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Evil Booger

Need help using time.h functions (C++)

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I need a system that sets a variable to "inactive" for 0.5 seconds and then sets it "active" until the user presses spacebar. Now, I’m not completely helpless and I did a little googling and found that the time.h might help me with this particularly the diff function. At the reference site I found(http://www.cplusplus.com) there was a clock example that made the program wait for one second: (http://www.cplusplus.com/reference/clibrary/ctime/clock.html) I need a function similar to that but without pausing the entire program. Any help will be appreciated be it code or theory. Thank you in advance.

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You will have to rework your algorithm in terms of the X seconds have elapsed since Y primitive. This primitive is pretty simple to obtain:
class Wait
{
std::clock_t end;
public:
Wait(unsigned milliseconds) :
end(std::clock() + milliseconds * CLOCKS_PER_SEC / 1000) {}
bool Done() const { return std::clock() > end; }
};


For instance, your example would probably be:

Wait wait(500);
variable = Inactive;
while (somecondition) {
if (variable == Inactive && wait.Done())
variable = Active;

if (variable == Active && spacebar_pressed()) {
variable = Inactive;
wait = Wait(500);
}
}

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Edit 2: clock(), clock_t and the like are not in the std namespace, but you can reference them either with or without std::, just FYI.

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Wow thanks ToolhrVyk but there's one part of your code that I don't understand, the ": end..." part. And I recently learned from personal experience that you should never ever use code you don't completely understand.

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Quote:
Original post by Evil Booger
Wow thanks ToolhrVyk but there's one part of your code that I don't understand, the ": end..." part. And I recently learned from personal experience that you should never ever use code you don't completely understand.


Very good philosophy. As for the : end part, it's called an initialization list.

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Quote:
Original post by Evil Booger
Wow thanks ToolhrVyk but there's one part of your code that I don't understand, the ": end..." part. And I recently learned from personal experience that you should never ever use code you don't completely understand.


In C++, the idiomatic way to initialise members in a constructor is in the initialiser list.

A small example, instead of using r = 0; b = 0; ... below, we use initialiser lists to the same effect.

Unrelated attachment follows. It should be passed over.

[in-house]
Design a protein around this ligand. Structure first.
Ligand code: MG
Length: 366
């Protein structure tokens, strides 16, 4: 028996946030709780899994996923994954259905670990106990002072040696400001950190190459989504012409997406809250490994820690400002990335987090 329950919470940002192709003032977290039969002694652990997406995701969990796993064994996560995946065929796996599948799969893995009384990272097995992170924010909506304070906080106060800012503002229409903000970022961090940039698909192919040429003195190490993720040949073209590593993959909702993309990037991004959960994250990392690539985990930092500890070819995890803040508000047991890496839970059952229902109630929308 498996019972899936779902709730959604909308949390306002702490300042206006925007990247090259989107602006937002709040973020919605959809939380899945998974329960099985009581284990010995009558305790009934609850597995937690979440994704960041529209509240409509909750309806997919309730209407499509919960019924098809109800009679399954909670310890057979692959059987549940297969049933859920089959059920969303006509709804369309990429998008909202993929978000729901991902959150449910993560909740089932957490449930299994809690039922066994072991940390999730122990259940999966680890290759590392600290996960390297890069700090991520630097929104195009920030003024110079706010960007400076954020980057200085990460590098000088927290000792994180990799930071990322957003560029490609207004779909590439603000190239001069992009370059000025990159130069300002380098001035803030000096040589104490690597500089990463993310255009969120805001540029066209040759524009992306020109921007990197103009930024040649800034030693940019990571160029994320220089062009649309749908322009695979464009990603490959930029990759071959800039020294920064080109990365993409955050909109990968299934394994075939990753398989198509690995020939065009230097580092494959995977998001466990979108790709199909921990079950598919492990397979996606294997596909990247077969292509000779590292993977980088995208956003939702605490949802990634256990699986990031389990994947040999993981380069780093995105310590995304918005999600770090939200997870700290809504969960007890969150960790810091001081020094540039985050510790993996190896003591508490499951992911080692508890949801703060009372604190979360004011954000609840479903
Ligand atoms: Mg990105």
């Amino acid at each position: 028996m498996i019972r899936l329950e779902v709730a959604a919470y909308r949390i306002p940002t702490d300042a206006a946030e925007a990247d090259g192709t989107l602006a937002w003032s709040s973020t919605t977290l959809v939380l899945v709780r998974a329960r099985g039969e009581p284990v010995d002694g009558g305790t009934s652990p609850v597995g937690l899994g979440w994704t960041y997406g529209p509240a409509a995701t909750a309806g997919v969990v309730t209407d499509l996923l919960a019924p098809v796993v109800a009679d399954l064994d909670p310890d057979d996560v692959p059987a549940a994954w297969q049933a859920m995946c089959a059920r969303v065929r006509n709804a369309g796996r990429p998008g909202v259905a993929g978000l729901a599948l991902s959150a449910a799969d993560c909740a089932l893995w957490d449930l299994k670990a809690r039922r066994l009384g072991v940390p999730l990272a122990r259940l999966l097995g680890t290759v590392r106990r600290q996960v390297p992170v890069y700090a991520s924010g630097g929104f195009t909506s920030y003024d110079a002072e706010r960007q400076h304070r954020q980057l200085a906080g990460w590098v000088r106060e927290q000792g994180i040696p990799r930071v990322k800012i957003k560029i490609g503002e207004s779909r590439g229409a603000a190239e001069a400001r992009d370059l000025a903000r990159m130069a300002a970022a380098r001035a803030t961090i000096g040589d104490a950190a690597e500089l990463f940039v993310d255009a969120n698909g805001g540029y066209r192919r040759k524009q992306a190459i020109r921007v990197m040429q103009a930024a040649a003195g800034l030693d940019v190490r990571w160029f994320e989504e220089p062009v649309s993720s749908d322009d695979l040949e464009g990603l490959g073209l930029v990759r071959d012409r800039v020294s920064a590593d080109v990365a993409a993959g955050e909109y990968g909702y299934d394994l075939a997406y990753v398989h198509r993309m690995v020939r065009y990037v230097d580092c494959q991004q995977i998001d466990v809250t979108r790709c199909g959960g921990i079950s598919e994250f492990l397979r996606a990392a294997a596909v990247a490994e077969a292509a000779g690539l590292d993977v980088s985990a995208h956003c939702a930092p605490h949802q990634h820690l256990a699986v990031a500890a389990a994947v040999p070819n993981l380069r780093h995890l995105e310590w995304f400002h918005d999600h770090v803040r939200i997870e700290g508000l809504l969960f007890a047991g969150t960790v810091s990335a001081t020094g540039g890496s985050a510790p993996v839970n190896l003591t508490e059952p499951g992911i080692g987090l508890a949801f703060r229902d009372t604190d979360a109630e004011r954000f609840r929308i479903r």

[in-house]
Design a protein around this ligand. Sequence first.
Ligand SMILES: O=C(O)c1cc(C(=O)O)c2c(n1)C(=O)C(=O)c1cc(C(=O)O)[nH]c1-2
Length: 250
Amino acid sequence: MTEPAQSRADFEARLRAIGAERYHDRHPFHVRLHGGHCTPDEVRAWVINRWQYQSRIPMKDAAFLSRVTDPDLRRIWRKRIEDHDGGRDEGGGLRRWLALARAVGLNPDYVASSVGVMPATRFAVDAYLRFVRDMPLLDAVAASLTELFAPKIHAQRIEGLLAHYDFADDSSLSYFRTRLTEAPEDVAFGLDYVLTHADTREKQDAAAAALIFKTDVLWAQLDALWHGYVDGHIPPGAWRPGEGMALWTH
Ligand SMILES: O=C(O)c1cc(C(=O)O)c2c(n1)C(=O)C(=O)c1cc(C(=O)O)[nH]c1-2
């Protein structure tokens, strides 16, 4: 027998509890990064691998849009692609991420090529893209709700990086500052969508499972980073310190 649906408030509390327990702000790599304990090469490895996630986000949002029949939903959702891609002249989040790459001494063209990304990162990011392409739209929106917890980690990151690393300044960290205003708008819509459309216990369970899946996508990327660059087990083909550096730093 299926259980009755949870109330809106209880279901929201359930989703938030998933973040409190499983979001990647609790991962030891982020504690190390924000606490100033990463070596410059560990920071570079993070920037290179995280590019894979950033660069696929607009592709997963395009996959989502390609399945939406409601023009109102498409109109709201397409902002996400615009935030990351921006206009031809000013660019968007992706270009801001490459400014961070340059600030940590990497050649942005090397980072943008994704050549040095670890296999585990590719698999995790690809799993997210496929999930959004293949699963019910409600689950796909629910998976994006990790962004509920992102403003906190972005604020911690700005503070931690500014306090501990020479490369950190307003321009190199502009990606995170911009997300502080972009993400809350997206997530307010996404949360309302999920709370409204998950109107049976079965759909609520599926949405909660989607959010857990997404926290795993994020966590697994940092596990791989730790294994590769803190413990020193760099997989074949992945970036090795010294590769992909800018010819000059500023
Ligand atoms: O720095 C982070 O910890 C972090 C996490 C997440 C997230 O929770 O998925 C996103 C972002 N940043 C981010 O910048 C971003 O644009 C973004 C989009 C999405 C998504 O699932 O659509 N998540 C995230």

class Colour {
byte r,g,b,a; // byte being some kind of typedef

public:
Colour()
: r(0),g(0),b(0),a(0)
{ /* nothing else to do =) */ }

// note here we don't need to qualify with this->a
// even though our parameters have the same name as the members,
// the compiler knows which is which...
Colour( byte r, byte g, byte b, byte a )
: r(r),g(g),b(b),a(a)
{ /* nothing else to do =) */ }
};




A better example. Say we wanted to have a "person" object with a "name" field of type std::string.

If we use this code:

class Person {
std::string name;
public:
Person( const std::string &startName ) {
name = startName;
}
};




What actually happens is name is default constructed (using std::string::string() ), then has std::string::operator=( const std::string & ) called on it.

The following code only calls one std::sting function, std::string::string( const std::string & ), the copy constructor:

class Person {
std::string name;
public:
Person( const std::string &name )
: name(name)
{}
};


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Ok thanks guys I understand initializer lists now. And I noticed another thing:
wait = Wait(500);

I had no idea that was possible, maybe I need to study c++ a little more before any more game attempts.

Anyways, what would the "somecondition" variable be? The main game loop ( while(quit==false) perhaps?

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Quote:
Original post by Evil Booger
Ok thanks guys I understand initializer lists now. And I noticed another thing:
wait = Wait(500);

I had no idea that was possible, maybe I need to study c++ a little more before any more game attempts.


All you need to know is that Wait(500) constructs a temporary object of type Wait using its Wait(unsigned) constructor. You may then use that temporary object in any way you wish, including assigning it to a variable.

Quote:
Anyways, what would the "somecondition" variable be? The main game loop ( while(quit==false) perhaps?


Yes, or whatever loop you need to run in addition to this active-inactive variable business. Although it would probably be something more like while(!quit) [wink]

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While quit is an admirable name that serves most people well, I dislike even having the simplest logic in a bool condition when it isn't required. So instead of while(!quit) loops, I prefer to name the condition variable "running" (or a variant thereof), so while(running).

I find its easier to follow than the slightly "double negative" of !quit.

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